We’ve heard the term “Concept vehicles” for decades now and truly, some of these Concepts – well most of them to say the least – are out of the world, and out of their time. The word “Concept” cool as it sounds has a deep technical and functional meaning to it. It means an idea, a directed notion, or an intention towards a specific point of focus, all of which is generally based on research, observation and inferentially judged possibilities of innovation based on one’s deductive abilities. Simplified, a concept is imagination changed into reality and designed in order to achieve one or multiple functions.
Concept vehicles have mostly been presented as working prototypes or showcase display models based on a deep and detailed research of one or many kinds. Some of the most amazing concept vehicles have appeared in Auto shows, Design expos, motoring events, in our movies, comic books, and almost all types of visual or informational media.
Conceptualising the car
There are numerous steps to building a concept car and it is vital, throughout the conceptualization process, to adhere at all times, to the key defining purpose of the concept. Once an idea takes shape in our minds, we start looking through similar ideas or images that convey in some way or the other – the likes of our idea. From these images, referred to as “design language” or “inspiration” – whether they be scenic, structure, theme, digital art, sculpture, or some existing form, shape, or product that resembles or represents in its form and structure, the theme or basis of the idea – visual design cues are taken. These may be lines, or form and shape inspirations or entire structures in some cases, and they all help recreate the idea on paper.
Sketching it out for clarity
Sketching is important as it allows one to bring all the flows, shapes and patterns in our heads – in relation to the idea – as forms, on paper. It brings visual clarity to kind of direction that would be best suited for the progress towards realization of the concept. Once a form and stance, or a few different forms and stances are identified as probable directions to go forward with, the surfaces and textures of the concept come into play. The surface defines the “feel” and “touch” and represents emotion and thought in physical form.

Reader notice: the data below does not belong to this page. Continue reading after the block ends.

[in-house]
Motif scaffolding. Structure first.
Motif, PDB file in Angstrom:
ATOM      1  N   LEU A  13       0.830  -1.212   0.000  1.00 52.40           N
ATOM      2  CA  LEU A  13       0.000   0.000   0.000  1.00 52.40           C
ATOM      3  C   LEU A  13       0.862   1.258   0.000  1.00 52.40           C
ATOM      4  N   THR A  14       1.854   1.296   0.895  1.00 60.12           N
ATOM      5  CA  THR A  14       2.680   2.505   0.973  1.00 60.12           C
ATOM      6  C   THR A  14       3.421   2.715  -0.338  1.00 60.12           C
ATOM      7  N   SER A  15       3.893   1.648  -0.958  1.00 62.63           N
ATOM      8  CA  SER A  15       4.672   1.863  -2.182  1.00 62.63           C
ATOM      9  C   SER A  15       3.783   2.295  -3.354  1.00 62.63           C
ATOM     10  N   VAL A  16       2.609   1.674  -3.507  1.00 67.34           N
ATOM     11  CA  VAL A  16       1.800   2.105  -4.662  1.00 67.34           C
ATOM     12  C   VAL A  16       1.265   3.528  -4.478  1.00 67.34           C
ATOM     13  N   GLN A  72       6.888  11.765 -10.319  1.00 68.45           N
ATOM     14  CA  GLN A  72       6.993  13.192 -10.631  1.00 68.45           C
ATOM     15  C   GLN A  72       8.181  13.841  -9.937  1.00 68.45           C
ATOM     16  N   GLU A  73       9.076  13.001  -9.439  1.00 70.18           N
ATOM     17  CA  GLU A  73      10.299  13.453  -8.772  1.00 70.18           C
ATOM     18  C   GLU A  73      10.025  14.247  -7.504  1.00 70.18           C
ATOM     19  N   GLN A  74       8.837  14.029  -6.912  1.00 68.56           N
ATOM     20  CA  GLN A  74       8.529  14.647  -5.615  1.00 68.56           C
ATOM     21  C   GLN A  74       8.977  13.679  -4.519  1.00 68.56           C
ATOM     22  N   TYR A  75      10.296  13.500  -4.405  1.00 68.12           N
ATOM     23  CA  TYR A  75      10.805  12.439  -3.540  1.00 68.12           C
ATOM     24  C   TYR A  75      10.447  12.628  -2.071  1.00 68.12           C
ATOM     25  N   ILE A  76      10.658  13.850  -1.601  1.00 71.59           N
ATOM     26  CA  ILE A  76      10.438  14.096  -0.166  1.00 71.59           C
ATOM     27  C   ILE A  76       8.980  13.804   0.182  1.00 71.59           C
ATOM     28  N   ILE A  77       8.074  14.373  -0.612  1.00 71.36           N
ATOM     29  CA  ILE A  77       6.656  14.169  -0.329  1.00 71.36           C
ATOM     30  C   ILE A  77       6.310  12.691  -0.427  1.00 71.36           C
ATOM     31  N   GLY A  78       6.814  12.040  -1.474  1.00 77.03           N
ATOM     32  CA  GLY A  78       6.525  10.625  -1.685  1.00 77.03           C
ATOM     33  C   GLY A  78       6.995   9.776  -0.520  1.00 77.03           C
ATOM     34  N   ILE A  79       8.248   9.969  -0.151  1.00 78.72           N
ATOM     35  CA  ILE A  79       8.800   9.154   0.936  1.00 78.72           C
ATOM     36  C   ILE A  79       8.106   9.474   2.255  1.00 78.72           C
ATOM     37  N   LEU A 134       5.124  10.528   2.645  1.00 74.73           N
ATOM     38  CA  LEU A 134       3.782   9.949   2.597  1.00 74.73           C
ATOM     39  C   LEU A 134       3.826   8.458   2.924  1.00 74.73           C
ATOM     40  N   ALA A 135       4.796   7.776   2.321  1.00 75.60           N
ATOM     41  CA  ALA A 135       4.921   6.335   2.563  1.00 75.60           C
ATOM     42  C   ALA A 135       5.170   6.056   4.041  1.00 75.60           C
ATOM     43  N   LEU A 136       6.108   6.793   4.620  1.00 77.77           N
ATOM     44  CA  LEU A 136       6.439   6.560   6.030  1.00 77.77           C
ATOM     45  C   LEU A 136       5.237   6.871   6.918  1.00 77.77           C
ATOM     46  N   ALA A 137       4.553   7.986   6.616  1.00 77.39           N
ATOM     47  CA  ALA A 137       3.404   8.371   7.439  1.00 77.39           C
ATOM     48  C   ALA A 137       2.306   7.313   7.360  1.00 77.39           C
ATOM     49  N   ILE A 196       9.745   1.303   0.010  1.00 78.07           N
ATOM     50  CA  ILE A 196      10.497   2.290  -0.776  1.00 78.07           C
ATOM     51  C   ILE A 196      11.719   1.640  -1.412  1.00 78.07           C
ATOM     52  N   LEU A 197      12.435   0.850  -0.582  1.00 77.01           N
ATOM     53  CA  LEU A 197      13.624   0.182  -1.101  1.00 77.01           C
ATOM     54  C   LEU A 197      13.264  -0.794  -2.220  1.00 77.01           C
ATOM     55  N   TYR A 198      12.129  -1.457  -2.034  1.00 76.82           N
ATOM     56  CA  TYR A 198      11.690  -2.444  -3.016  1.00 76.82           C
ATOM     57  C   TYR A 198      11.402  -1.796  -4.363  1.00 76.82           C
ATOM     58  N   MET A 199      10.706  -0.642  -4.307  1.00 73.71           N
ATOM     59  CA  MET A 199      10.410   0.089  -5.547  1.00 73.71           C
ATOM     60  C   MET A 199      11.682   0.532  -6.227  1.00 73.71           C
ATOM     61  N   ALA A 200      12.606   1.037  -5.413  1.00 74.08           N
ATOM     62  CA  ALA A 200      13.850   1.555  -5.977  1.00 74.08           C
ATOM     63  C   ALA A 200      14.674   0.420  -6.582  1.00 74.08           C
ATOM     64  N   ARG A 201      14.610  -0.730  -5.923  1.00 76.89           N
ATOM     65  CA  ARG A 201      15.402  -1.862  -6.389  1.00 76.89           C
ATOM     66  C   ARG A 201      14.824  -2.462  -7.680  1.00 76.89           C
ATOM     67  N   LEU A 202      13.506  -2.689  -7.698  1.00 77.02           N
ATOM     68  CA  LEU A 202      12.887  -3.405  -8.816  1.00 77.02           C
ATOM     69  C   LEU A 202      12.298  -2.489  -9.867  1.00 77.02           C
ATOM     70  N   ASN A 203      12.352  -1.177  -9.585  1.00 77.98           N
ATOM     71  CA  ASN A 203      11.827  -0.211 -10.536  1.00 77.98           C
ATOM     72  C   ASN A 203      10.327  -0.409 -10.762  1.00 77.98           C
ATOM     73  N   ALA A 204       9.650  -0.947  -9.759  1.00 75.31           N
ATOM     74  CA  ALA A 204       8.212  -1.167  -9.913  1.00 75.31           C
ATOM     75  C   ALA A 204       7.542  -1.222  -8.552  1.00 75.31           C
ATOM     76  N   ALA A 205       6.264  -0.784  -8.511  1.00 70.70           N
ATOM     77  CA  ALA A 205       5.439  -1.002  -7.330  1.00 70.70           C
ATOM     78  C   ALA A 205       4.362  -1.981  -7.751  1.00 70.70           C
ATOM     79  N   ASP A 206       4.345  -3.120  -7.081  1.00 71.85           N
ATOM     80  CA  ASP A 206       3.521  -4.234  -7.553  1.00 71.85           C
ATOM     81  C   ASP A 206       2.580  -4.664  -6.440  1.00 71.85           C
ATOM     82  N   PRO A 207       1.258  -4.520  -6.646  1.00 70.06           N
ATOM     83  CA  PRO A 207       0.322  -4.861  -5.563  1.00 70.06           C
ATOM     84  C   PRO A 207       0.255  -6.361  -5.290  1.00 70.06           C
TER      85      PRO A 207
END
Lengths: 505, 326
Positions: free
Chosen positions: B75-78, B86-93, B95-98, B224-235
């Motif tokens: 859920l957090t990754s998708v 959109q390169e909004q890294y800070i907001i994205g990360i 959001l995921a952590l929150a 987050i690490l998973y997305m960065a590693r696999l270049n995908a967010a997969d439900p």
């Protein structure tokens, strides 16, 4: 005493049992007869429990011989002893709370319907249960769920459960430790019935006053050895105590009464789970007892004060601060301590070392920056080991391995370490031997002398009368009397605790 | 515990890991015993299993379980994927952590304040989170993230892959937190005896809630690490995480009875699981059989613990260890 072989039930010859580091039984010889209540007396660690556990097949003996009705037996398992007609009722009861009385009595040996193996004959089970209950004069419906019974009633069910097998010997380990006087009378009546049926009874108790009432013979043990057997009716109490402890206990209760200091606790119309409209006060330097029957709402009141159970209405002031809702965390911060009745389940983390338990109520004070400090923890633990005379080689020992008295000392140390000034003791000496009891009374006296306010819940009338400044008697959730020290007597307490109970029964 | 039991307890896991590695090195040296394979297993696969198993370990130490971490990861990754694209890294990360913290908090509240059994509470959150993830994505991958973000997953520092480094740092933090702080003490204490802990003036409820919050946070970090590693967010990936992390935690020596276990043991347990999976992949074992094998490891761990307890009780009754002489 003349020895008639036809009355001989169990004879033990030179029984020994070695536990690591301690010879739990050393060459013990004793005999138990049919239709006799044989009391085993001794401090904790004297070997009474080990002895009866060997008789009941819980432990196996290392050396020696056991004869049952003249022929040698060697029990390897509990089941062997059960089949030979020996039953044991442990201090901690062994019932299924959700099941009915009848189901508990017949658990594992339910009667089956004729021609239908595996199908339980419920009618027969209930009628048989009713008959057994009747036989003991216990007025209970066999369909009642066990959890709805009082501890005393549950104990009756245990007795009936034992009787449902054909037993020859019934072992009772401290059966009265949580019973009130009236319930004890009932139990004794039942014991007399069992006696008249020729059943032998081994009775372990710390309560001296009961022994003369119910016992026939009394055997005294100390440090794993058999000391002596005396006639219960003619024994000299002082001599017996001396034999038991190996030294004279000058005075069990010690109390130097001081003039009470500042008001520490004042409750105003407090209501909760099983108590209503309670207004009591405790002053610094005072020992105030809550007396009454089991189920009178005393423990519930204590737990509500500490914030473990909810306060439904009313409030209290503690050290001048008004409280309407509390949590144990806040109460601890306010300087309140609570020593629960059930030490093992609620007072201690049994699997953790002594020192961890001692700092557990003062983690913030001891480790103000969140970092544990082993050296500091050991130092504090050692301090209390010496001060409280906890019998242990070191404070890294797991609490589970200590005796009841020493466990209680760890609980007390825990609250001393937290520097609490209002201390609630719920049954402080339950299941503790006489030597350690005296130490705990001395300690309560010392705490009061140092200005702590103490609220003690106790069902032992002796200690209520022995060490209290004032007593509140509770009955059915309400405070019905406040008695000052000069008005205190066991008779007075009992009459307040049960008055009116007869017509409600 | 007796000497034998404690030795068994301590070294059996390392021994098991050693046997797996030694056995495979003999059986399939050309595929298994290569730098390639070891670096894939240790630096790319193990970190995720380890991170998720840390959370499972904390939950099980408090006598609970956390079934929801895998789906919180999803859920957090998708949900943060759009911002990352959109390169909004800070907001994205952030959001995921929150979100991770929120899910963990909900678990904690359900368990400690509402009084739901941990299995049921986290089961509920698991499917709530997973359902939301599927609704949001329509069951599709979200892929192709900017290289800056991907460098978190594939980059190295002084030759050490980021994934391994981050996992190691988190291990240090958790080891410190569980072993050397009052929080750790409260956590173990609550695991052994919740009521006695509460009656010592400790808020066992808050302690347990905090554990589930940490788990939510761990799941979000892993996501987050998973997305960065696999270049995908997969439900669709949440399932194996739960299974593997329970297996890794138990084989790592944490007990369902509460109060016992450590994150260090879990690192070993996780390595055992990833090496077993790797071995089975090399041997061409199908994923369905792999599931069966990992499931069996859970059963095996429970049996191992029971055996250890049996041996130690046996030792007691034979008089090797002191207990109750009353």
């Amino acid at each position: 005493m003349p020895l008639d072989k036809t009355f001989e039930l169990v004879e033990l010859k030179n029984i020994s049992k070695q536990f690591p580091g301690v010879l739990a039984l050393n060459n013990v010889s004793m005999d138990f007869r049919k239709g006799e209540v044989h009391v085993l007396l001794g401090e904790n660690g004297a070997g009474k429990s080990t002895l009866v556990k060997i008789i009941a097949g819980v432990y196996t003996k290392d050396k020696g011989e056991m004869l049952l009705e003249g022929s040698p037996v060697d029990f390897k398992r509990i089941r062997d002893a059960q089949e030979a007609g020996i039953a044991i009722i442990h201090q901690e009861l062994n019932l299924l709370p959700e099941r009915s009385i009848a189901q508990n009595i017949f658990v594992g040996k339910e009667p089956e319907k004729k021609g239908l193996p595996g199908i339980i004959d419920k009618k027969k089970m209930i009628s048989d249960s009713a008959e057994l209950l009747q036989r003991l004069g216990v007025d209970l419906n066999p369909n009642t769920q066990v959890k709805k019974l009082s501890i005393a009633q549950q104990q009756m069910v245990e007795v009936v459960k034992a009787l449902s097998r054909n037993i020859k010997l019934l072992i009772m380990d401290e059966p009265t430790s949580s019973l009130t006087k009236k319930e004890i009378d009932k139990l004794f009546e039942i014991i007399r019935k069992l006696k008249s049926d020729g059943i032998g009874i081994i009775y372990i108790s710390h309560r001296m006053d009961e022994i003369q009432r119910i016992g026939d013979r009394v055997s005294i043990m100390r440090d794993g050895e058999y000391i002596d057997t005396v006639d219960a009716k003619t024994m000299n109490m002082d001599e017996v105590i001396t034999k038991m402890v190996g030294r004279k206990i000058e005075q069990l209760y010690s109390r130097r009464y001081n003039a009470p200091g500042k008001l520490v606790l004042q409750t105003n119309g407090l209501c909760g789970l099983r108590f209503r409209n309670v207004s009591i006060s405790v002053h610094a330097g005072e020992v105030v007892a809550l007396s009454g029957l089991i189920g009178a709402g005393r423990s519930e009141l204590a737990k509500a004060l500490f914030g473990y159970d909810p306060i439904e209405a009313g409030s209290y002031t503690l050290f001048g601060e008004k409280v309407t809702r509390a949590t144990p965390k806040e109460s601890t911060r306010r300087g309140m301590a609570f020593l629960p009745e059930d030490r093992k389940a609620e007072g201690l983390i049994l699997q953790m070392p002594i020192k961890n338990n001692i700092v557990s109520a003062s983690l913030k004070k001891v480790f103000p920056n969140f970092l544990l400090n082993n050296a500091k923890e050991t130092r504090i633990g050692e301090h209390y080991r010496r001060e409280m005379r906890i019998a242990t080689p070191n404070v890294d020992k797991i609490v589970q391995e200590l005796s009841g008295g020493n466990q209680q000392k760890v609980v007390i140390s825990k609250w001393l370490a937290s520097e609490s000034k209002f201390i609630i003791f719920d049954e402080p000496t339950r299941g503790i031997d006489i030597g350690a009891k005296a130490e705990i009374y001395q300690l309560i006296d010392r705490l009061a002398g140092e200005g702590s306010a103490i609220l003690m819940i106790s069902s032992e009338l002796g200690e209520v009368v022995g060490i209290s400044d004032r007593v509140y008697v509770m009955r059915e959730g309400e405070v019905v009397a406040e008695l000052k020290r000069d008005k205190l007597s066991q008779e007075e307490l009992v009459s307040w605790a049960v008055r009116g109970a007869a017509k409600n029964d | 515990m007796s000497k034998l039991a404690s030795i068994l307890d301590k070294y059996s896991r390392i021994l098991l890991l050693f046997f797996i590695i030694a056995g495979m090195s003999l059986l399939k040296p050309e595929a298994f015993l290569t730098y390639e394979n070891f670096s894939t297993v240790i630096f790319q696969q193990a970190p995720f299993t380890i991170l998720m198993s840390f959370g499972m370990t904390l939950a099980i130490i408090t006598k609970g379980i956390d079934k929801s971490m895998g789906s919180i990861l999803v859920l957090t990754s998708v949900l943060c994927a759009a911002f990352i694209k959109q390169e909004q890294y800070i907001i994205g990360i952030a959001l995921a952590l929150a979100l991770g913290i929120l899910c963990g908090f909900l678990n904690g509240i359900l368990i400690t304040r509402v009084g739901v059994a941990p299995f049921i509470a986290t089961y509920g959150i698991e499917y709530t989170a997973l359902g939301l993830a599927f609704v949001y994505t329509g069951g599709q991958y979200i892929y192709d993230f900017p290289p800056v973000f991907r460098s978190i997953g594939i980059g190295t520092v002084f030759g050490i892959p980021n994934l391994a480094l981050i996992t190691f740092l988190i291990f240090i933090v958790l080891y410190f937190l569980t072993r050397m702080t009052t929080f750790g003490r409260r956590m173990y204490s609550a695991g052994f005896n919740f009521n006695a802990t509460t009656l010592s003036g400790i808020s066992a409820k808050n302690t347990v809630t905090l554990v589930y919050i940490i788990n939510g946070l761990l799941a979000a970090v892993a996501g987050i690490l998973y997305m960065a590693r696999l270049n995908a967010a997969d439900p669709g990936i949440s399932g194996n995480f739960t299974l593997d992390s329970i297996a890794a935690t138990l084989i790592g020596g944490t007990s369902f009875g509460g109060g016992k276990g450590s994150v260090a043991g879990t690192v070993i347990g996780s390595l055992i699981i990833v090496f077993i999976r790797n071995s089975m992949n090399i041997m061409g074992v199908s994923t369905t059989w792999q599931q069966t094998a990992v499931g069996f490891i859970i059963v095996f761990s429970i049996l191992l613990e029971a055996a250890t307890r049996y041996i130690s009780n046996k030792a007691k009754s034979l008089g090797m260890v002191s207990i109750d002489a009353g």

A few hundred sketches are then narrowed down to a handful based on their compliance with the idea behind the concept and their visual representation of it. Digital rendering helps add more realism to the concept with light and shade bringing out clarity in the forms and surfaces and accentuates with them, the overall visual appeal. Details like shut lines, grille, lights and fascia, door-handles, wheels and tyres, etc. are then added to give a character to the form.
Exterior design, once definitively shaped, leads to commencement of the interiors, though some concept builders may work on them in parallel. It is equally important for the interior and exterior design to complement each other since they belong to the same concept and every form, surface, detail, and even texture must be in accordance with the idea behind the concept.
Bringing it out into physical form